6,287

 
5,647

Other
277

 
236

Total other loans
12,837

 
11,373

Purchased credit-impaired loans(2)
2,708

 
3,116

Total loan receivables
73,551

 
72,385

Allowance for loan losses
(2,024
)
 
(1,869
)
Net loan receivables
$
71,527

 
$
70,516

 
 
 
 
(1)
Amounts include $22.2 billion and $21.6 billion underlying investors’ interest in trust debt at September 30, 2016 and December 31, 2015, respectively, and $8.2 billion and $7.2 billion in seller's interest at September 30, 2016 and December 31, 2015, respectively. The increase in the seller's interest from December 31, 2015 to September 30, 2016 is due in part to the addition of randomly-selected accounts to the credit card loan receivables restricted for securitization investors in order to increase excess seller's interest and related securitization capacity. See Note 5: Credit Card and Student Loan Securitization Activities for further information.
(2)
Amounts include $1.5 billion and $1.7 billion of loans pledged as collateral against the notes issued from the Student Loan Corporation ("SLC") securitization trusts at September 30, 2016 and December 31, 2015, respectively. See Note 5: Credit Card and Student Loan Securitization Activities for additional information.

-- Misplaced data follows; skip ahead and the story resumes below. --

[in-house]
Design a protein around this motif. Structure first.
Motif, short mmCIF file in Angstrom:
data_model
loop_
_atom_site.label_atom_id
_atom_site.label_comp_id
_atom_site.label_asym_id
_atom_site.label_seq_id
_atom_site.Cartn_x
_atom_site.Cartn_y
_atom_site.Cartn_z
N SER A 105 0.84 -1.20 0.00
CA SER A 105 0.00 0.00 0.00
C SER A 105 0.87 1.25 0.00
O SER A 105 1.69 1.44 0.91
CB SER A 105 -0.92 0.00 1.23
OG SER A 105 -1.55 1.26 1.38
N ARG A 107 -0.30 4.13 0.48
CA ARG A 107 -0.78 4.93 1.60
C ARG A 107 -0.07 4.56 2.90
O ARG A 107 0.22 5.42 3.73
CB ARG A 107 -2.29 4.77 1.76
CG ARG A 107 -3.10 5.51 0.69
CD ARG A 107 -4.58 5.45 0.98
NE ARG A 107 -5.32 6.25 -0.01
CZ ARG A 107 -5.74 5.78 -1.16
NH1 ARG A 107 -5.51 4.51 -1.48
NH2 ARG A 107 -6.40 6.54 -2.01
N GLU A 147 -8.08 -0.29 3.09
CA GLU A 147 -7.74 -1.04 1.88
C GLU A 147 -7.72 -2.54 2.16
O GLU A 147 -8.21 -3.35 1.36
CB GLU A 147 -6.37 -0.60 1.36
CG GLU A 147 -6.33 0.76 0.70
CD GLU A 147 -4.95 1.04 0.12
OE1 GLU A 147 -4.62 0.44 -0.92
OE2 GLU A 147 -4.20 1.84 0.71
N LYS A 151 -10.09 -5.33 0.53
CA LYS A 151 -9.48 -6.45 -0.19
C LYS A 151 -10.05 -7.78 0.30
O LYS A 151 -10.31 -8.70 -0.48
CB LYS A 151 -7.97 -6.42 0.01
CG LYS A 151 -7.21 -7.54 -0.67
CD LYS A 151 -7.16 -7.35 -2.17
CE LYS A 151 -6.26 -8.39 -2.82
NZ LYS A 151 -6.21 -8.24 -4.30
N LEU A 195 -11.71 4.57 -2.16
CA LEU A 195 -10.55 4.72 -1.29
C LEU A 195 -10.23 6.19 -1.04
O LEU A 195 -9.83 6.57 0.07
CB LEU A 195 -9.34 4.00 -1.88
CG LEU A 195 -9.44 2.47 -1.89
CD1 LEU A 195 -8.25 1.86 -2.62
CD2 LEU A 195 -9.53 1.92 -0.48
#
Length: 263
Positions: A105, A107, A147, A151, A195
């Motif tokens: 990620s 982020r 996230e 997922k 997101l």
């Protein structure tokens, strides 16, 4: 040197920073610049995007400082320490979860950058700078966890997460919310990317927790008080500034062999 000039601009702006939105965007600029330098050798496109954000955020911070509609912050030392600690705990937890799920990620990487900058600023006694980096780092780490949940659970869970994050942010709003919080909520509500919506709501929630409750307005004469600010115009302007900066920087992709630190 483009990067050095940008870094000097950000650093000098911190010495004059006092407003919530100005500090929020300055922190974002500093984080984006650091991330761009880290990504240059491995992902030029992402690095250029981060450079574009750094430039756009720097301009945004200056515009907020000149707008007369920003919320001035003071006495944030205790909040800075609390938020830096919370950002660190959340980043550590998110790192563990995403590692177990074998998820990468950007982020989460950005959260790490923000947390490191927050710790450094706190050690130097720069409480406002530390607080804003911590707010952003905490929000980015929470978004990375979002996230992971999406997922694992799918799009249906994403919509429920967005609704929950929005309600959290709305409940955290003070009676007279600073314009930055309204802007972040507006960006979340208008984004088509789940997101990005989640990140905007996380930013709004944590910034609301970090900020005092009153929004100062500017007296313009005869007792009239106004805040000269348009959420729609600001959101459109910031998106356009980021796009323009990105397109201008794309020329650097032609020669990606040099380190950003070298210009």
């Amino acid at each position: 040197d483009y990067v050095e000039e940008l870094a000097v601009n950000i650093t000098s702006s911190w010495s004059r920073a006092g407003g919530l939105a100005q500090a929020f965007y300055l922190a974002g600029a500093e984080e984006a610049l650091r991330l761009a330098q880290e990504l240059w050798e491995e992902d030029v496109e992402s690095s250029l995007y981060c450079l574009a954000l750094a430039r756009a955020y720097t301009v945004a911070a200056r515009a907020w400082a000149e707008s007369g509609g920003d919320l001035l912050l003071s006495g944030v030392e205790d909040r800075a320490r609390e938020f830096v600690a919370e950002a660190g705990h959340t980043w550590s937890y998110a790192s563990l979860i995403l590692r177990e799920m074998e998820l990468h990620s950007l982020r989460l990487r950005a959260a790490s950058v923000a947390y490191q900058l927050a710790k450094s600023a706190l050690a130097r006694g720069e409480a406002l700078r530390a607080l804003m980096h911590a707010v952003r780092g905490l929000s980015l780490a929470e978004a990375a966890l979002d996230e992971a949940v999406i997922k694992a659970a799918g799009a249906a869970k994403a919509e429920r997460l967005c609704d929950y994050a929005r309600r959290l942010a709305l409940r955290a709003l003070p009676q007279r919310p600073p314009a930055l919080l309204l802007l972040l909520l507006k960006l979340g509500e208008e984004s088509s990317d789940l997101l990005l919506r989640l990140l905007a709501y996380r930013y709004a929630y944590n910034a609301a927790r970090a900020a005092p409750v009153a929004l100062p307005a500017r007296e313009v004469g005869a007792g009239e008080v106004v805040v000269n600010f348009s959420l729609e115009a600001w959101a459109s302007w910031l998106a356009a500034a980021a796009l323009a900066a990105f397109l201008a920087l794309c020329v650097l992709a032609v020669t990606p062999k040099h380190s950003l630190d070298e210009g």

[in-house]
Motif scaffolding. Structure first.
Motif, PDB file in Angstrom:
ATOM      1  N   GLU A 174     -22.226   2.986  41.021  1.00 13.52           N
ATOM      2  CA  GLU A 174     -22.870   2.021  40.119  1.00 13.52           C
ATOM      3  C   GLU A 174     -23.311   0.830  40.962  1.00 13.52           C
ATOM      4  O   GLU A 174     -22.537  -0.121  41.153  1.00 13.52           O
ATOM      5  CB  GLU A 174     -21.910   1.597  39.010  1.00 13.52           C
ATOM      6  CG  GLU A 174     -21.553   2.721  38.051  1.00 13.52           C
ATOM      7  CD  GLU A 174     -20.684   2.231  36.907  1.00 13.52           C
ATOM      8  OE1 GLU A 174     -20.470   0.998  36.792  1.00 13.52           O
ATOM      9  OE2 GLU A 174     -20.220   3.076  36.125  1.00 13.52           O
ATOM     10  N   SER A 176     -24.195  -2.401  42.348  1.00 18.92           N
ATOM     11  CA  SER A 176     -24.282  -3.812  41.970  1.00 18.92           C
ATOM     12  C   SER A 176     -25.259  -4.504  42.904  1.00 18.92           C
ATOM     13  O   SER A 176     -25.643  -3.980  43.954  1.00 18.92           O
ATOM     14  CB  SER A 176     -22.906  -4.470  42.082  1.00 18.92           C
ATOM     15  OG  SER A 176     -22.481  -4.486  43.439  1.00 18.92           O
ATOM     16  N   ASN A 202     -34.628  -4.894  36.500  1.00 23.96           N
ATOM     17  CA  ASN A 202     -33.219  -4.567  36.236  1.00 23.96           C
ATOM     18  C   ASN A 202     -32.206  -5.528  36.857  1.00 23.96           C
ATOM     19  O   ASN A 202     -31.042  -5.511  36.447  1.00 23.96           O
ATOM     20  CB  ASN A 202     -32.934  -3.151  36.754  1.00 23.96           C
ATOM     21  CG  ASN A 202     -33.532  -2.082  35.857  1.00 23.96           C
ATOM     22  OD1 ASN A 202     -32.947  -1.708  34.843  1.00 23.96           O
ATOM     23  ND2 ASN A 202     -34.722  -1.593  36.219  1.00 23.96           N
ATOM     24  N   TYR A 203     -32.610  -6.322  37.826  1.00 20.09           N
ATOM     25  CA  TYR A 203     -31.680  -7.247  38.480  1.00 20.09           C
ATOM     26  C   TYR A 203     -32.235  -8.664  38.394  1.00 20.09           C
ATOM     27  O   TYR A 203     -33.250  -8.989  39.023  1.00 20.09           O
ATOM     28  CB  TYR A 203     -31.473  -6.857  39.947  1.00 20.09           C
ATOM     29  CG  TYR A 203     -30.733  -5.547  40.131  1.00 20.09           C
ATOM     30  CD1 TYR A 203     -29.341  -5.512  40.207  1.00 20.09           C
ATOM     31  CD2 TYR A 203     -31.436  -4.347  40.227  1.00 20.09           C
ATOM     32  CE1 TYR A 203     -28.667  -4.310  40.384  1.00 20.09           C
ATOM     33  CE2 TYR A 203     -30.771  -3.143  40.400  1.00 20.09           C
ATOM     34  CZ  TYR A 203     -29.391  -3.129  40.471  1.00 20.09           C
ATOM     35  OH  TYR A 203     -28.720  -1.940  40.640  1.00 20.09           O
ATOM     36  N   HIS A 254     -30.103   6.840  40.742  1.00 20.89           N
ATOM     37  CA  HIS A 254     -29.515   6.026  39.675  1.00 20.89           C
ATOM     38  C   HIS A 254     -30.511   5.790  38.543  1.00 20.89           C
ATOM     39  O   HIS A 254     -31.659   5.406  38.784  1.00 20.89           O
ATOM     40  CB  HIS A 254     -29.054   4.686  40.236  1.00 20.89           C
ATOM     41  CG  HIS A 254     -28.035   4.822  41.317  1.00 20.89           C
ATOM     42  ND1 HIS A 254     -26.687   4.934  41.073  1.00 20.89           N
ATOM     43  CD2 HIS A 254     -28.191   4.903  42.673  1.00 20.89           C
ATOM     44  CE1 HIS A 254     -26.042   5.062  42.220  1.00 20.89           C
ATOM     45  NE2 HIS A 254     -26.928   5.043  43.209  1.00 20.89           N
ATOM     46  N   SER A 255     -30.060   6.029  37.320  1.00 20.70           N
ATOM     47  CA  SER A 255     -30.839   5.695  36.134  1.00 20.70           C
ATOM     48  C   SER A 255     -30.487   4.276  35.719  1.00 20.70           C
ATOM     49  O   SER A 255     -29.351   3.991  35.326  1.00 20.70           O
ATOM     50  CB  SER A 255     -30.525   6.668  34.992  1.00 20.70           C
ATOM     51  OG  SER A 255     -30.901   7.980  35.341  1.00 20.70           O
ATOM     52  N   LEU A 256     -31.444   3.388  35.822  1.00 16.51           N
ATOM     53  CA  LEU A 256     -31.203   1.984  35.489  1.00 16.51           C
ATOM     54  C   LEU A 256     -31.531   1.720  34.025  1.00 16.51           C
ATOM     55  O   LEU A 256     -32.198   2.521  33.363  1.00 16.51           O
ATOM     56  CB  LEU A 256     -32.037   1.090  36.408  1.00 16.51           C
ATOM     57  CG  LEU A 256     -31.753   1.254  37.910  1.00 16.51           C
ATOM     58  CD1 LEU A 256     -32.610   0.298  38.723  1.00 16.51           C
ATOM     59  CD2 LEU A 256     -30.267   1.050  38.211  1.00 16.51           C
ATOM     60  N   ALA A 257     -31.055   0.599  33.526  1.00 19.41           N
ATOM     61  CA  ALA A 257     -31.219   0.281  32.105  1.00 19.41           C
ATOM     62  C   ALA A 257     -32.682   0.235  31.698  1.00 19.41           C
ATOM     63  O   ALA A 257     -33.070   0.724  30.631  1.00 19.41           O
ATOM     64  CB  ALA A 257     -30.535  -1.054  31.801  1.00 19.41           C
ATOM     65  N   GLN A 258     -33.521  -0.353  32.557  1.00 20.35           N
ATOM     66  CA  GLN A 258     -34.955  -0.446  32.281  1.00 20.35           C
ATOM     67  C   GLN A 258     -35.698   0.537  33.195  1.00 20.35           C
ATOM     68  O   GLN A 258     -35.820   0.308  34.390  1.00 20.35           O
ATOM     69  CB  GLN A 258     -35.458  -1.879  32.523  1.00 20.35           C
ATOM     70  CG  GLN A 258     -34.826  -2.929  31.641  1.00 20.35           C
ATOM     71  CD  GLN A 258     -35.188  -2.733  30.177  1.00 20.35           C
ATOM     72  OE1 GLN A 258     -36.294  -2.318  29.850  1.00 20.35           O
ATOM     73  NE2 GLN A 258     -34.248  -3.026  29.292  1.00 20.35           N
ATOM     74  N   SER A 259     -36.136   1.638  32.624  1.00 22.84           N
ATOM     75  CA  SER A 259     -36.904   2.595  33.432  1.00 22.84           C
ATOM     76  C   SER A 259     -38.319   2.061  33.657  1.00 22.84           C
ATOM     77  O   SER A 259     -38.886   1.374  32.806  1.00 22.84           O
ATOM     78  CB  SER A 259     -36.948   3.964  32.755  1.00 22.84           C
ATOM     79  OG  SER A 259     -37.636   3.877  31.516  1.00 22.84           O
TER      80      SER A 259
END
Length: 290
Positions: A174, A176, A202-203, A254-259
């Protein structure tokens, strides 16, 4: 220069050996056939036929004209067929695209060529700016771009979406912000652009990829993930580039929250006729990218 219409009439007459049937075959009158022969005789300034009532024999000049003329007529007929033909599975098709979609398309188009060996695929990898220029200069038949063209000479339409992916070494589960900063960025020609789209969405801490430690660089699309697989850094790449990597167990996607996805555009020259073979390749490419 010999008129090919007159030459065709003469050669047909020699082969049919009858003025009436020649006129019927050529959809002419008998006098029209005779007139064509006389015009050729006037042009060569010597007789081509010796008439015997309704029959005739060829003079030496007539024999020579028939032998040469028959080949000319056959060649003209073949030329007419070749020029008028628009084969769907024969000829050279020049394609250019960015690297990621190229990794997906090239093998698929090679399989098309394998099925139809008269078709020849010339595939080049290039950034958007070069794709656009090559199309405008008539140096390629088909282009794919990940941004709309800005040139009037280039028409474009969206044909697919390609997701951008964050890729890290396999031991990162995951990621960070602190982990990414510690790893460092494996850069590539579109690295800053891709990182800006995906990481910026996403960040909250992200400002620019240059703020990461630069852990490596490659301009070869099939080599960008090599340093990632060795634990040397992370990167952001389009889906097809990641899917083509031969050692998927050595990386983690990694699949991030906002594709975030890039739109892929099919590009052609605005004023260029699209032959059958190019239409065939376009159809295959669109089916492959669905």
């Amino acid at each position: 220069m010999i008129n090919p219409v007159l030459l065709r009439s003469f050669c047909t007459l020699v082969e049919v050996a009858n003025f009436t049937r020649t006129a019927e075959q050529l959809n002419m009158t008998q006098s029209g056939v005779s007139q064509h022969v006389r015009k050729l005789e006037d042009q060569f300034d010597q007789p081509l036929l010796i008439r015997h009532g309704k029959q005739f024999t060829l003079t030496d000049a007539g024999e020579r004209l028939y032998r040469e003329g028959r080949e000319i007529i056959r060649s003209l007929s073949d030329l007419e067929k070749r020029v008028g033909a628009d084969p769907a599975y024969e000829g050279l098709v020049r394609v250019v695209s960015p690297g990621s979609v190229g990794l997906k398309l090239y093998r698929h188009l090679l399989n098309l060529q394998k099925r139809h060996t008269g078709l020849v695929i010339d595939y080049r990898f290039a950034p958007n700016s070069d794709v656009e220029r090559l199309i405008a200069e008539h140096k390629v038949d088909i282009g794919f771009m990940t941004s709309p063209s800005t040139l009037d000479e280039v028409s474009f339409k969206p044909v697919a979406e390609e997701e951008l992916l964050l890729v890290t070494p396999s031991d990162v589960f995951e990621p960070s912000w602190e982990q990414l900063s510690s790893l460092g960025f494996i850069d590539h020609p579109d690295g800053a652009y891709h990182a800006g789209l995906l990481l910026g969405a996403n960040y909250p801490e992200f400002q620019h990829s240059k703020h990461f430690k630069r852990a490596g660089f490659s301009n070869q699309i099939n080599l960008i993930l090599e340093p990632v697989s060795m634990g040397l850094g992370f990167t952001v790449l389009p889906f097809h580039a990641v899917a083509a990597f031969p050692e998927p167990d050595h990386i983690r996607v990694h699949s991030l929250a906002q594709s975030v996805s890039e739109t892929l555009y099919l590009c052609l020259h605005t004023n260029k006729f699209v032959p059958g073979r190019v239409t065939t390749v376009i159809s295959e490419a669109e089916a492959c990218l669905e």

11


Credit Quality Indicators
The Company regularly reviews its collection experience (including delinquencies and net charge-offs) in determining its allowance for loan losses.
Information related to the delinquent and non-accruing loans in the Company’s loan portfolio is shown below by each class of loan receivables except for PCI student loans, which is shown under the heading “— Purchased Credit-Impaired Loans” (dollars in millions):